As is apparently understood from the results shown Table 4, the materials according to the present invention are not only advantageous for diminishing abrasion remarkably as compared with the conventional materials irrespective of the materials to be combined with the inventive materials, but also effective for diminishing abrasion of the conventional materials to be combined with the inventive materials.
Moreover, the conventional materials have disadvantages of being suffered from violent phenomenon of seizure and thus being confronted with wear and tear as well as terrible roughness on the sliding surfaces thereof when conventional materials comprising the same compositions are subjected to be slid with each other, whereas, in case of materials according to the present invention are adapted to be slid with other inventive materials, phenomenon of seizure hardly occurs.
Replacement for a part of Ni atom in the material according to the present invention by M1 metal or M1 + M2 metals, and replacement for Ti atom of the inventive material by N respectively are remarkably effective for improving wear resistance and seizing resistance, furthermore from the view point of efficacy for sliding motion of the inventive material with other inventive materials in the classification of elements for replacement, the efficacy of W is most remarkable among the M1 group and V, Mn come to the next and Hf, Ta and Nb follow in sequence.
Referring to the effect of Ni replacement by M1 and M2, extraordinary effect can be obtained by the replacement by M1 + M2 metals in any combination at the same total replacement ratio as compared with the replacement by M1 alone.
On the other hand, when the inventive material is adapted to be slid in combination with a conventional material, the effect for preventing abrasion of the inventive material itself by replacement seems to be nearly equivalent to that of the case in which the inventive materials are adapted to be slid with each other. However, in view of the offensive property of the inventive material against the other material to be combined therewith, V, Mn are most efficacious, then W is the next to the foregoings, and Ta, Hf and Nb follow.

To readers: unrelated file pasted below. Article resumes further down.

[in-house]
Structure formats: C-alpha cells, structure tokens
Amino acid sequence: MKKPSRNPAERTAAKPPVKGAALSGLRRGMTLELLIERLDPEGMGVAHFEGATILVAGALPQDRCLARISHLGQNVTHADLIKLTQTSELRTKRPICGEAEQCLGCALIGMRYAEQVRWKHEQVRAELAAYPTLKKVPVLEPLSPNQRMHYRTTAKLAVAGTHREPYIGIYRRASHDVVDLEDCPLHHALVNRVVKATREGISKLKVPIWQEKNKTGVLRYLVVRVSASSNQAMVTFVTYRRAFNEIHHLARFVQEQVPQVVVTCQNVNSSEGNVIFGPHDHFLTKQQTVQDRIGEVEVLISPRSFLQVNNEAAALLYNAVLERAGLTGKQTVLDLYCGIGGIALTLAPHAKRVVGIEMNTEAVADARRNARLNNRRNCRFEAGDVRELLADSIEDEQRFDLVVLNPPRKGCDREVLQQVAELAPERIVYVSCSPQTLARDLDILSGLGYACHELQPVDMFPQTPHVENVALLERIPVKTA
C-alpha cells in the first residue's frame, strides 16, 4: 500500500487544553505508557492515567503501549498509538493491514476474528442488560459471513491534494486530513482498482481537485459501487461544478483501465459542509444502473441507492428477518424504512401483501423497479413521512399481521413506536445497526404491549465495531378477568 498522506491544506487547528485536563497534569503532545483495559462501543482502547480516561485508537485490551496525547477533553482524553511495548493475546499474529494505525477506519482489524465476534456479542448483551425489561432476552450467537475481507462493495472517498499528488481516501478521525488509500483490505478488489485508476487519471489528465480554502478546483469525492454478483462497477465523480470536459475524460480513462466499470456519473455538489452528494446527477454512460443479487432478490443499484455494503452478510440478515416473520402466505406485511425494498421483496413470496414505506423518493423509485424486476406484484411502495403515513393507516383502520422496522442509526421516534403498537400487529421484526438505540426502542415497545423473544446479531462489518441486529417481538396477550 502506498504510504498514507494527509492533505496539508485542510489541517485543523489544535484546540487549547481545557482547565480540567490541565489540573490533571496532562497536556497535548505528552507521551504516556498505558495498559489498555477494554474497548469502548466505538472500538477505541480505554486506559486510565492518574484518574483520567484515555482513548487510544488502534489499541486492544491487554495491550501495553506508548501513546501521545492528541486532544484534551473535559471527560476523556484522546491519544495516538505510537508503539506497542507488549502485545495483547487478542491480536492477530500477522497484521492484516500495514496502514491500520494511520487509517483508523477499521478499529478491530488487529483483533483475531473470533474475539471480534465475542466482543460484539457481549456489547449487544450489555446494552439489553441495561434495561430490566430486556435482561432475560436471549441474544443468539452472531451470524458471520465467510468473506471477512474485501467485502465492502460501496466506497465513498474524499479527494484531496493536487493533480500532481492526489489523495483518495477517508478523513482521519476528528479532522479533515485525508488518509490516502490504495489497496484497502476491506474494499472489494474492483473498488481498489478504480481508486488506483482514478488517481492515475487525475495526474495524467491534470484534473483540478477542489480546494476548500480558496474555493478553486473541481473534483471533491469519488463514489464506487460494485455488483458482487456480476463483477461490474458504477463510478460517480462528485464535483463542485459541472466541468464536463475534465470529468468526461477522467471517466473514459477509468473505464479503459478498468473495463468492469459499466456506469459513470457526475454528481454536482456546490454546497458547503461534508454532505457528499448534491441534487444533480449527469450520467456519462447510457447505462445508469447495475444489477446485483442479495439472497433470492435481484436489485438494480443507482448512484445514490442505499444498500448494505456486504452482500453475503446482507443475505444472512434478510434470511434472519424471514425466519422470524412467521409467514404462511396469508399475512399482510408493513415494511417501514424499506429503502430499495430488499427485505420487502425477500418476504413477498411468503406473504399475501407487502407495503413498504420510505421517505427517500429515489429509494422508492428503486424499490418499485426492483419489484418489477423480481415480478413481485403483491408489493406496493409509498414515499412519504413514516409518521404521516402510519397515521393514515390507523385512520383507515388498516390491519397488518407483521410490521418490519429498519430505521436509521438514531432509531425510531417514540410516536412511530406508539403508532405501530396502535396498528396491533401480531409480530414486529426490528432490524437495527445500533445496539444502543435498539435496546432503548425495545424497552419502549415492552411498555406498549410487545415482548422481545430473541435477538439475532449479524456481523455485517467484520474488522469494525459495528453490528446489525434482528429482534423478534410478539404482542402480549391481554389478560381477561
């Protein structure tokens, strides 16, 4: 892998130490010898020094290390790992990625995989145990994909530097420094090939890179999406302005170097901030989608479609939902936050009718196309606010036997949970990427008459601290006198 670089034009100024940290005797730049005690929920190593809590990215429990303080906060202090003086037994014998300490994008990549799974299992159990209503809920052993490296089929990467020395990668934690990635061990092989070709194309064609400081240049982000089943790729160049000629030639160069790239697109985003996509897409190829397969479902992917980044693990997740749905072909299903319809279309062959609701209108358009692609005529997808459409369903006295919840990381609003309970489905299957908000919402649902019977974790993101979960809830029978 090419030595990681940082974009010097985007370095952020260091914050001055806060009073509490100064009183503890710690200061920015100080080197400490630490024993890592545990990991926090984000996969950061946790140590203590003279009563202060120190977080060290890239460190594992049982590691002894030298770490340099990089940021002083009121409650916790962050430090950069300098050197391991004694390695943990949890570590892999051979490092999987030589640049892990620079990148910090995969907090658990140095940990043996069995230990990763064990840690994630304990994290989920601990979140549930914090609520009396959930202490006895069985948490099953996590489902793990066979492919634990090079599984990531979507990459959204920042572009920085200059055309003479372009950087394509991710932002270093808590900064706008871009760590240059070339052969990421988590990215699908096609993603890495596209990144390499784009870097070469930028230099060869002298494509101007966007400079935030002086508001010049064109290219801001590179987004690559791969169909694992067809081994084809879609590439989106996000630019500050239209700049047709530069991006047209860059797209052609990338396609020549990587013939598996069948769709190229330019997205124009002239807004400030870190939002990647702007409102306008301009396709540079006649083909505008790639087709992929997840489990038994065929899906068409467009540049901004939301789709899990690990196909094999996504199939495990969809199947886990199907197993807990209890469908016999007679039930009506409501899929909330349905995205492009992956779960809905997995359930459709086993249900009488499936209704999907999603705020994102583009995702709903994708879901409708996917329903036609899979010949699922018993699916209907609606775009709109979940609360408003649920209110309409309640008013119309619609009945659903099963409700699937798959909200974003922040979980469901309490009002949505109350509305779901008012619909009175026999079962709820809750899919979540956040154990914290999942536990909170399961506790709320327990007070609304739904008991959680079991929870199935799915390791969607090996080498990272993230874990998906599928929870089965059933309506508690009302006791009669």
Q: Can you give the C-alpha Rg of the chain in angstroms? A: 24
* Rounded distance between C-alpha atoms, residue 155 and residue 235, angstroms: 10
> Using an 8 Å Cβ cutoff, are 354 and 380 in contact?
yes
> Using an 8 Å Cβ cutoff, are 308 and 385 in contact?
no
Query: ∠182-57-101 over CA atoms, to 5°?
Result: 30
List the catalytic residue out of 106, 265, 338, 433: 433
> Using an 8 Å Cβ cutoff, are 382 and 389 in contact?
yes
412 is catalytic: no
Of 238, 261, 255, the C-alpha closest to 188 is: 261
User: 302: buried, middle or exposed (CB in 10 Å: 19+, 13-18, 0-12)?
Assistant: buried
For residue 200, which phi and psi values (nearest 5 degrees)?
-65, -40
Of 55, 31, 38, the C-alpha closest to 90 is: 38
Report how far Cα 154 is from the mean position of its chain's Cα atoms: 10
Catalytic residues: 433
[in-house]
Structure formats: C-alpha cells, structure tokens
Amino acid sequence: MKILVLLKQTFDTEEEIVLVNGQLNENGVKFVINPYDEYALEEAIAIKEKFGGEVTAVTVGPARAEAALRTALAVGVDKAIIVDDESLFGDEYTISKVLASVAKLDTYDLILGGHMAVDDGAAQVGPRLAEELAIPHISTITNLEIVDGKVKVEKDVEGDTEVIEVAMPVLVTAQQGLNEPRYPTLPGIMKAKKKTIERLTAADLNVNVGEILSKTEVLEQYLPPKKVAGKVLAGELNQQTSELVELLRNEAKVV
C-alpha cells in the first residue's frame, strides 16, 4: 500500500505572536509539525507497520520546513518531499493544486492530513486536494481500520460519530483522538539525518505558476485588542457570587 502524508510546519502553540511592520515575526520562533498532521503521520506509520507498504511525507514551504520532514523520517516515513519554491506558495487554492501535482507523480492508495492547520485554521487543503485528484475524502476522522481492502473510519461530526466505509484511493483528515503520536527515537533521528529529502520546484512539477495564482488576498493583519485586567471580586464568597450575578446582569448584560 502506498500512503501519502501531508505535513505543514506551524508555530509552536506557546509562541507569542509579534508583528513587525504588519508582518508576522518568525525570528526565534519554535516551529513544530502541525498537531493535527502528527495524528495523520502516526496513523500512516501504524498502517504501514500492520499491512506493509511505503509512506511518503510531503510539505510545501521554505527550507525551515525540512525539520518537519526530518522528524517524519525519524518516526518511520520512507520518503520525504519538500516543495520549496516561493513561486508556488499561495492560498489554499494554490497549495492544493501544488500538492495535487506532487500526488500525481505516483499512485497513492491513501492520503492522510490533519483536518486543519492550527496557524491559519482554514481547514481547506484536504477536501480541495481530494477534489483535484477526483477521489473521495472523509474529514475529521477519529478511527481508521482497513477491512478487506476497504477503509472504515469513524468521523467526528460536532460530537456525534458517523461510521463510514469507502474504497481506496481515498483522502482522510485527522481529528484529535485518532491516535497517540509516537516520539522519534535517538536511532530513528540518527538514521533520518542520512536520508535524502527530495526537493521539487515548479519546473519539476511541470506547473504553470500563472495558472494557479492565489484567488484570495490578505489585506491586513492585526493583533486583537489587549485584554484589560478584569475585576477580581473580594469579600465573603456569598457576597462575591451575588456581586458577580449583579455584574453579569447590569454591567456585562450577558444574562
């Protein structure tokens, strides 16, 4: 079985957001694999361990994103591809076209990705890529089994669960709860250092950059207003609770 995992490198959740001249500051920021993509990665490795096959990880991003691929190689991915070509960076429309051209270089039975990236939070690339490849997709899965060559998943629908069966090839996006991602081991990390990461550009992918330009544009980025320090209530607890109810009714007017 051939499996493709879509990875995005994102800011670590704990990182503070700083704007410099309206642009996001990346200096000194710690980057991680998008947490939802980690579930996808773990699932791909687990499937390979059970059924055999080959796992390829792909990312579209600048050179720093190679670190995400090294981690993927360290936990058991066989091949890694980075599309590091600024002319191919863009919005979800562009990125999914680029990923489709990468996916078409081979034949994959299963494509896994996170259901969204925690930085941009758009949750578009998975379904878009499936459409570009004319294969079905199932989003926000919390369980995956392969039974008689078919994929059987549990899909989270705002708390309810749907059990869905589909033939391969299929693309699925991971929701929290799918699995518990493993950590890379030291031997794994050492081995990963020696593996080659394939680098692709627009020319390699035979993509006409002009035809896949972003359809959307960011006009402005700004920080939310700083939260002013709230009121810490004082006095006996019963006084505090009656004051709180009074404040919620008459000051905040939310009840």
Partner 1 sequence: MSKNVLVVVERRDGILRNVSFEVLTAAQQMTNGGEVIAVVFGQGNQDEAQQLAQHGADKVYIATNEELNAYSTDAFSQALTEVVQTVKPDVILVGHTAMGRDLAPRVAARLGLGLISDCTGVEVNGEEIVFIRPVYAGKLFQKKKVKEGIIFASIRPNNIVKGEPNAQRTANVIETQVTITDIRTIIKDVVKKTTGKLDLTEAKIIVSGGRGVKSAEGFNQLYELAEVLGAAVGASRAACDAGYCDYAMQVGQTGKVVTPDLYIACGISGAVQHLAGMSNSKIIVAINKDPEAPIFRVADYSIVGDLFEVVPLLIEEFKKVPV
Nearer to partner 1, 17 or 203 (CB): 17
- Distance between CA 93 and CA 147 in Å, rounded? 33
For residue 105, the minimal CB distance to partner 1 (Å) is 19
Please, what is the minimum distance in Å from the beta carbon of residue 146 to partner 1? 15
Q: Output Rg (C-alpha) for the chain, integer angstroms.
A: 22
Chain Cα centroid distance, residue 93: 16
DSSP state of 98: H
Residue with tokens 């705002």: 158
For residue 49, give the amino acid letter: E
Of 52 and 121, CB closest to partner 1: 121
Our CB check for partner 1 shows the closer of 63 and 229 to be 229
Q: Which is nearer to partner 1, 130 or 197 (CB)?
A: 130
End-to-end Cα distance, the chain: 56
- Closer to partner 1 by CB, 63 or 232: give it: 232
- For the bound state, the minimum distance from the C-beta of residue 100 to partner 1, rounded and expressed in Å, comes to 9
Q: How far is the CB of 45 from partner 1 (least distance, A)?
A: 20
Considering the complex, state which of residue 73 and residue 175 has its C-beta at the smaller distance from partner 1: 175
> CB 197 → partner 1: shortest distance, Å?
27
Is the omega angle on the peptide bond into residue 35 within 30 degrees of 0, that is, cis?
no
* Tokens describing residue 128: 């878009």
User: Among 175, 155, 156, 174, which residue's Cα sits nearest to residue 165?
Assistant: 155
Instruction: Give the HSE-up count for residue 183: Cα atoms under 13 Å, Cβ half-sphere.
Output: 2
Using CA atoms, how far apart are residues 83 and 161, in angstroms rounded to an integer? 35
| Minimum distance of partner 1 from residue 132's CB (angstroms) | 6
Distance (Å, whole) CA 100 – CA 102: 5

In the above-mentioned case also, combined effect by M1 + M2 is remarkable.
Referring to the influence of replacement ratio on abrasion, the higher is the replacement ratio, the more surpassing is wear resistance of the inventive materials in every combination thereof. While in case of subjecting the inventive material to be slid in combination with conventional material, abrasion of the latter at more than 20% of the replacement ratio (more than 10 atomic % in content ratio) is large, thus resulting in enhancing the total abrasion rate.
Ni, Ti and replacement elements M1 and M2 were melted by high frequency heating under 2 - 5 × 10.sup.-4 mmHg of vacuum degree in a graphite crucible, and cast into ingots as shown in Table 5. Then the above ingots were pressed at about 930° - 400° C and hammered, and formed into valves and valve seats of control valves by machining and used for controlling urea vapour.
For the comparison's sake, similar type of valve parts (valves and valve seats) were made of conventional materials such as Ti (Titanium) and special steel of the like under the same conditions.
Erosions after service are indicated in Table 5.
Further the testing conditions are elucidated as follows:
Temperature of urea vapour : 170° C
Pressure : reduced from 190 to 2 atmospheres
Testing period : 6 months
The symbols marked in the column of "appearance" in the table are based on the following standard:
o : Metallic luster without unevenness and cloudiness
Δ : Somewhat cloudy
: Somewhat uneven
x : Extremely uneven
Table 5__________________________________________________________________________ WeightComposition (at %) Decrease Appear-Ni TaNb W V Hf Mn Mo Cr Fe Co Ti Al Zr Be Mg Pt Pd Rd Ir Os Rd (mg) ance__________________________________________________________________________Inventive Materials 47.5 2.5 50 31 ○45 5 50 26 ○40 10 50 15 ○50 2 48 17 ○47.5 1.5 1 50 19 ○47.5 1.5 1 50 18 ○35 1.5 13.5 50 14 ○33.5 1.5 15 50 16 ○28.5 1.5 20 50 15 ○47.5 1.5 1 47.5 2.5 13 ○47.5 1.5 1 47.5 2.5 14 ○47.5 1.5 1 47.5 2.5 16 ○47.5 1.5 1 47.5 2.5 15 ○47.5 1.5 1 47.5 1.51 12 ○47.5 2.5 50 34 ○47.5 1.5 1 50 21 ○45 5 50 26 ○40 10 50 19 ○47.5 2.5 50 20 ○45 5 50 16 ○40 10 50 8 ○47.5 1 1.5 50 15 ○50.5 2.5 47 11 ○47.5 2.5 40 5.5 10 ○47.5 1 1.5 50 16 ○48 2 50 24 ○50.5 1 48.5 19 ○35 1 14 50 13 ○33.5 1 15.5 50 15 ○47.5 1 1.5 50 16 ○47.5 2.5 50 39 Δ45 5 50 31 Δ40 10 50 24 ○35 15 50 20 ○30 20 50 18 ○45 2.5 52.5 33 Δ47.5 1.5 1 50 22 ○47.5 1.5 1 50 21 ○50 2.5 47.5 18 ○47.5 2.5 50 42 Δ45 5 50 35 Δ45 5 50 32 ○40 10 50 23 ○47.5 15 1 50 21 ○45 5 50 2.5 2.5 9 ○49.5 0.5 50 47 Δ__________________________________________________________________________Conven- Titanium 2,343 ×tional Special Steel (Fe-16at%Cr-lat%Si-lat%Mo-0.2at%C) 2,107 ×Materials Stellite 386 □ 45Ni-5Fe-50Ti 30 Δ 40Ni-10Fe-50Ti 28 Δ 49.5Ni-0.5Co-50Ti 29 Δ 45Ni-5Cr-50Ti 23 ○ 47.5Ni-2.5Mo-50Ti 27 ○ 47.5Ni-2.5Cr-50Ti 27 ○ 50Ni-50Ti 51 ×__________________________________________________________________________